Vietnam has 22.37 million households, 16 per cent of which are ranked as poor or near-to-poor standards. Most of these families have lost their primary incomes which are inherently low and unstable during the social distancing period. Thus direct and immediate cash grants for these people are vital not only to maintain their livings but also to control social security.

Similarly, SMEs are the first ones to be affected by the COVID-19 pandemic, as they have to maintain their business by limited financial resources.

According to data from the General Statistic Office of Vietnam in 2017, the total number of SMEs account for 98.1 per cent of 517,900 operating companies. The government is unable to provide a large enough package aid for all of them. Instead, policymakers should support the healthiest businesses to stabilise the economy.

Furthermore, the central bank should cut interest and allow banks to defer interest and debt payments for business. Besides this, banks have to use financial support from the government to repay customers’ savings on time.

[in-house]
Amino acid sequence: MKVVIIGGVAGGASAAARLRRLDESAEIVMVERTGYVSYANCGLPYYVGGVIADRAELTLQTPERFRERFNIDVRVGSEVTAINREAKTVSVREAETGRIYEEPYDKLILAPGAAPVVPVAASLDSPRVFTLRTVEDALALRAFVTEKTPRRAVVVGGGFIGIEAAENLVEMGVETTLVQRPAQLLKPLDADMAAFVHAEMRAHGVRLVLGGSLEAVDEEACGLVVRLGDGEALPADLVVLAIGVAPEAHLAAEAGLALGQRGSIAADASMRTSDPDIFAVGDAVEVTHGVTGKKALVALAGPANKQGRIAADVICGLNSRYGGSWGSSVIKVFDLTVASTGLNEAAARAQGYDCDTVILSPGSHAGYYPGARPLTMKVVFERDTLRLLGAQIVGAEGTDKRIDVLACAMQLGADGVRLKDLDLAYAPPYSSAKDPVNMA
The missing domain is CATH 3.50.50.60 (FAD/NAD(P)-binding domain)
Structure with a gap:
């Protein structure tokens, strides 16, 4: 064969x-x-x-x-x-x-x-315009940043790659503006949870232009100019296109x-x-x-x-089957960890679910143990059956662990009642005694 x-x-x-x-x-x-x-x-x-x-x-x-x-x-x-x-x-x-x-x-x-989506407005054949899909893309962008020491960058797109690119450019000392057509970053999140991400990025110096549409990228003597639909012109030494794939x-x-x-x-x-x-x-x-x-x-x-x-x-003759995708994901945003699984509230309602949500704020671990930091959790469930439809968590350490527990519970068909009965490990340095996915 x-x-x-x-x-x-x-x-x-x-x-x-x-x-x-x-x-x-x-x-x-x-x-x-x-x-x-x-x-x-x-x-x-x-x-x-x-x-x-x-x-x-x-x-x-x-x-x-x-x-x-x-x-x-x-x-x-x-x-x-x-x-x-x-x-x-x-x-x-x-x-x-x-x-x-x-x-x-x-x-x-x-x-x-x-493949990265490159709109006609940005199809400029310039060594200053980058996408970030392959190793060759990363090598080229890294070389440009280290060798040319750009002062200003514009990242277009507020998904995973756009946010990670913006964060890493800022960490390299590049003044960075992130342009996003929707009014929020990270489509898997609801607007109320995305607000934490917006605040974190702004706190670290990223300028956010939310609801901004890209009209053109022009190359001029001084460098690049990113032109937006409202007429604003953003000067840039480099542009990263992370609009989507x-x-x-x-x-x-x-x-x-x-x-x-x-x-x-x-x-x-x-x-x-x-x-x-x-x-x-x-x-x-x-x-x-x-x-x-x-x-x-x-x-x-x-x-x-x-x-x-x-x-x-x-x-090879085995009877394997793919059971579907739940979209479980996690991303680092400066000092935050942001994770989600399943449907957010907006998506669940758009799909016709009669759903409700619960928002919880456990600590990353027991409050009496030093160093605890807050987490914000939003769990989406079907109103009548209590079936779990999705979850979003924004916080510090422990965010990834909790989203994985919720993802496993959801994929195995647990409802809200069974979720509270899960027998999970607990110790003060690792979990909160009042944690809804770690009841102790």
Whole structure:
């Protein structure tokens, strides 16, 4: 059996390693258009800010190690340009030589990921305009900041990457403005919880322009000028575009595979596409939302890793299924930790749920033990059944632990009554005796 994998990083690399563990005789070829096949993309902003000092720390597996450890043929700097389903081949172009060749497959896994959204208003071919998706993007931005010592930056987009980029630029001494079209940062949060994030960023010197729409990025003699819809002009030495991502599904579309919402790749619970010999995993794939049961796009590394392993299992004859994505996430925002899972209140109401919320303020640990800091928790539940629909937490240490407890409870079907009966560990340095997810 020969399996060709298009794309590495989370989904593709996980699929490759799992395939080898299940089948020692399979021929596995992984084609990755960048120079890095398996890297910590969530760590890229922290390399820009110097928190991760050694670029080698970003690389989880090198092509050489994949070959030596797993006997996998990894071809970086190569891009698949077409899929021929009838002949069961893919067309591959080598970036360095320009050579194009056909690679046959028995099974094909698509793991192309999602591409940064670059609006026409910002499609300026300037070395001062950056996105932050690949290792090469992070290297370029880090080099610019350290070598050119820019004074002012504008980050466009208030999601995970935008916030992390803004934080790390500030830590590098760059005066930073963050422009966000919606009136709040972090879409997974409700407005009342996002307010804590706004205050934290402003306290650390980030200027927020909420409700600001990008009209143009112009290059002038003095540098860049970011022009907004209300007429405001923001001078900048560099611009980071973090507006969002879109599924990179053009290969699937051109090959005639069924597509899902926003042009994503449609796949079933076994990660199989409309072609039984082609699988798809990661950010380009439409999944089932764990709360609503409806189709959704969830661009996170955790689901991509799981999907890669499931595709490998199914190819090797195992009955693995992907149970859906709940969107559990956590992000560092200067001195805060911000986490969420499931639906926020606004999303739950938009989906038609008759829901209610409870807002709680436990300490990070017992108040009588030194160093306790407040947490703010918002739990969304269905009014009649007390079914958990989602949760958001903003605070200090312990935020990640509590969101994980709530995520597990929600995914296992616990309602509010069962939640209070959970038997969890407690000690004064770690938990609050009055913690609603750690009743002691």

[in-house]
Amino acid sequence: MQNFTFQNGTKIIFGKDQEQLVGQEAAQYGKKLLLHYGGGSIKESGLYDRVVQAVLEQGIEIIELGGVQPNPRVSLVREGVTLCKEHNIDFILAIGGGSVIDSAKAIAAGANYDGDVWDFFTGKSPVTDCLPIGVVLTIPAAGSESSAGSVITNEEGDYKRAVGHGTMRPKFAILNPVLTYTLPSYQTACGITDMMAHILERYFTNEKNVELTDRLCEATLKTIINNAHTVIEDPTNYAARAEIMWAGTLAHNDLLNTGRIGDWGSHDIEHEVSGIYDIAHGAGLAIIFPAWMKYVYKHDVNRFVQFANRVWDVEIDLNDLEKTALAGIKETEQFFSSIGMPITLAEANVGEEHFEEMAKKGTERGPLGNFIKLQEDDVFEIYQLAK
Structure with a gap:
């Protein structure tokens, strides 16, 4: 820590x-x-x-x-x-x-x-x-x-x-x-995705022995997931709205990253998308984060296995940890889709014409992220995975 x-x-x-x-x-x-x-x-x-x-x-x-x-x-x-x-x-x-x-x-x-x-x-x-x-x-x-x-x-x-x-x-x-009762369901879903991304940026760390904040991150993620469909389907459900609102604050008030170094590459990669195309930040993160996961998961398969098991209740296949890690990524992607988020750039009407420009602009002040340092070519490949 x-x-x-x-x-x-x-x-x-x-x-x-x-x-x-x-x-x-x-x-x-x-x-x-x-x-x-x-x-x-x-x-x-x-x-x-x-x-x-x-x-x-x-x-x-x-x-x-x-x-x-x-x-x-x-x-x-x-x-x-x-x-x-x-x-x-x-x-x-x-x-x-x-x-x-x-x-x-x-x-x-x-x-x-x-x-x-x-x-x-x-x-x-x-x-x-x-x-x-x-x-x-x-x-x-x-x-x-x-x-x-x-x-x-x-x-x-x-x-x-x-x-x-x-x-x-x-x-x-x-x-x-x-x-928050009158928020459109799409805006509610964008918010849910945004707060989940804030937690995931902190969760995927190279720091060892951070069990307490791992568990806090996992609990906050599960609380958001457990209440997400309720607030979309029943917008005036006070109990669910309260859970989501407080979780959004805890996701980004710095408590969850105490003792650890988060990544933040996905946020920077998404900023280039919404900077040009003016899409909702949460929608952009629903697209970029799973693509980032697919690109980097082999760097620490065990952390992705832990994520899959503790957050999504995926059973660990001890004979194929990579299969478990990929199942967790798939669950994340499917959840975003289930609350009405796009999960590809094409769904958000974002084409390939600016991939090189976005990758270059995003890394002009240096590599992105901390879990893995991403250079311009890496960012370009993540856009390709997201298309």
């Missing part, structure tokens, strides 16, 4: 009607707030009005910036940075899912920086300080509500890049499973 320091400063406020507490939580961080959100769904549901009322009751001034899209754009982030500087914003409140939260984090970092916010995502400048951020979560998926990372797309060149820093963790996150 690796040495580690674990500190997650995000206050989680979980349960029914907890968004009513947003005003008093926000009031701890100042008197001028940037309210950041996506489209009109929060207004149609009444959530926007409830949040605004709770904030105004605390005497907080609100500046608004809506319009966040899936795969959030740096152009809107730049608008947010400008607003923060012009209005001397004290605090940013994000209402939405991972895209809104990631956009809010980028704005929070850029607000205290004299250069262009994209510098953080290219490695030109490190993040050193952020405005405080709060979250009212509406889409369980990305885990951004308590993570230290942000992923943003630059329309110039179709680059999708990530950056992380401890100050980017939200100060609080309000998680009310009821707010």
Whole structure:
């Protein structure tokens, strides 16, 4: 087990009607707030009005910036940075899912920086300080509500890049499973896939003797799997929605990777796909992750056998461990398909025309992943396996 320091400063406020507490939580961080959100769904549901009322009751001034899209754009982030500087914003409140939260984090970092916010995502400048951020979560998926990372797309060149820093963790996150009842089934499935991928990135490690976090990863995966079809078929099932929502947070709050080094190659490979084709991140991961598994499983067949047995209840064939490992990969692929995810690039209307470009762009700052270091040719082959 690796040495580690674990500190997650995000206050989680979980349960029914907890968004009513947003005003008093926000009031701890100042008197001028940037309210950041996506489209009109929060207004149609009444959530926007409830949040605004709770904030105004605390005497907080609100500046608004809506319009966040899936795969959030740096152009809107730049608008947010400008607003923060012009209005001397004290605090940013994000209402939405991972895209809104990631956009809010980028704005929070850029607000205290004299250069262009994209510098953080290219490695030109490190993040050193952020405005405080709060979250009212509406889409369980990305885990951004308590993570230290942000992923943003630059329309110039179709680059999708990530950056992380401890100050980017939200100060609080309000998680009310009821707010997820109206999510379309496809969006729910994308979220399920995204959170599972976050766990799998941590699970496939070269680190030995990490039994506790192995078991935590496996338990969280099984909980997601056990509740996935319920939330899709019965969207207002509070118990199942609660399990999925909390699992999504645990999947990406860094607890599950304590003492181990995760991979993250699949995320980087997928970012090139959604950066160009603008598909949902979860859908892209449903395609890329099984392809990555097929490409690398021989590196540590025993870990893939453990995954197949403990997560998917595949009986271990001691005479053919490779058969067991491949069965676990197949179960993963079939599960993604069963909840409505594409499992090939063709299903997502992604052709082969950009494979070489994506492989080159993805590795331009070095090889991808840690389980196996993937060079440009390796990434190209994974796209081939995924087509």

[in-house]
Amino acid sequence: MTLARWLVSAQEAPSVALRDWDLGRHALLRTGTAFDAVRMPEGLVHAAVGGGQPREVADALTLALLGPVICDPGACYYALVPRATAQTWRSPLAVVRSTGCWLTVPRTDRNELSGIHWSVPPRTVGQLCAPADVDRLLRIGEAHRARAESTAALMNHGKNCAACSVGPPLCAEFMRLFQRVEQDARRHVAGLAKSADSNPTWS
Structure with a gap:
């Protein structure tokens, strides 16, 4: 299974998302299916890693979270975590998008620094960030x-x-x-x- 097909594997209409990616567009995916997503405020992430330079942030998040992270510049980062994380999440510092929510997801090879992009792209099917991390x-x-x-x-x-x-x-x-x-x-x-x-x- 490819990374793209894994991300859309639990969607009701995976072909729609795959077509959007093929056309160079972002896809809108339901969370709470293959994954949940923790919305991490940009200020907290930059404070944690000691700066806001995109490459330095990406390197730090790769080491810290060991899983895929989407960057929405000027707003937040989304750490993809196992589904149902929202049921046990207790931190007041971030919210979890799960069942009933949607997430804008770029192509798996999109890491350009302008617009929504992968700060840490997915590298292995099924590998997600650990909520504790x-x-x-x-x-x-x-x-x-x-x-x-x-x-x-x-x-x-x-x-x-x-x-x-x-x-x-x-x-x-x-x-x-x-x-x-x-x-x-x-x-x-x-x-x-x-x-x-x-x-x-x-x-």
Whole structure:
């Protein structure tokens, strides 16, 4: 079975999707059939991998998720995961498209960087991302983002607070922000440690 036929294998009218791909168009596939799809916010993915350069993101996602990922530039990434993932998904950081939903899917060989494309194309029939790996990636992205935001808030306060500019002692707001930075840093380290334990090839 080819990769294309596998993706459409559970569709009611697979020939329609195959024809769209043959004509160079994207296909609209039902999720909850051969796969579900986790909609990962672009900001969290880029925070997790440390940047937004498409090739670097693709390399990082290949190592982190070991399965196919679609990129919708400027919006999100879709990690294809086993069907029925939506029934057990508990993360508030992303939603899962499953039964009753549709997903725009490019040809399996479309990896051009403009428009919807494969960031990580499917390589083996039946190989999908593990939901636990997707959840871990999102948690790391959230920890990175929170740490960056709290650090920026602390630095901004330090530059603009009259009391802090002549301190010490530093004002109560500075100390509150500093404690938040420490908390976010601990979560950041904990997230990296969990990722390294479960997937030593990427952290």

Moreover, financial resources allow more business loans combined with low or zero interest rates that effectively support SMEs to cover expenses caused by the pandemic. Other fiscal policies which the government may consider are business tax reduction (in addition to deferral), reduction of property rental, and direct cash grants to employees who have lost their jobs, and to freelancers.

The success of the government’s financial support depends upon the vital factor of timeliness. The more delay, the more businesses will be forced to bankruptcy and other damages that may be irreparable.

By Dr. Chi Tran, researcher/associate lecturer from the School of Economics and Finance at Queen Mary University of London

Vietnam Investment Review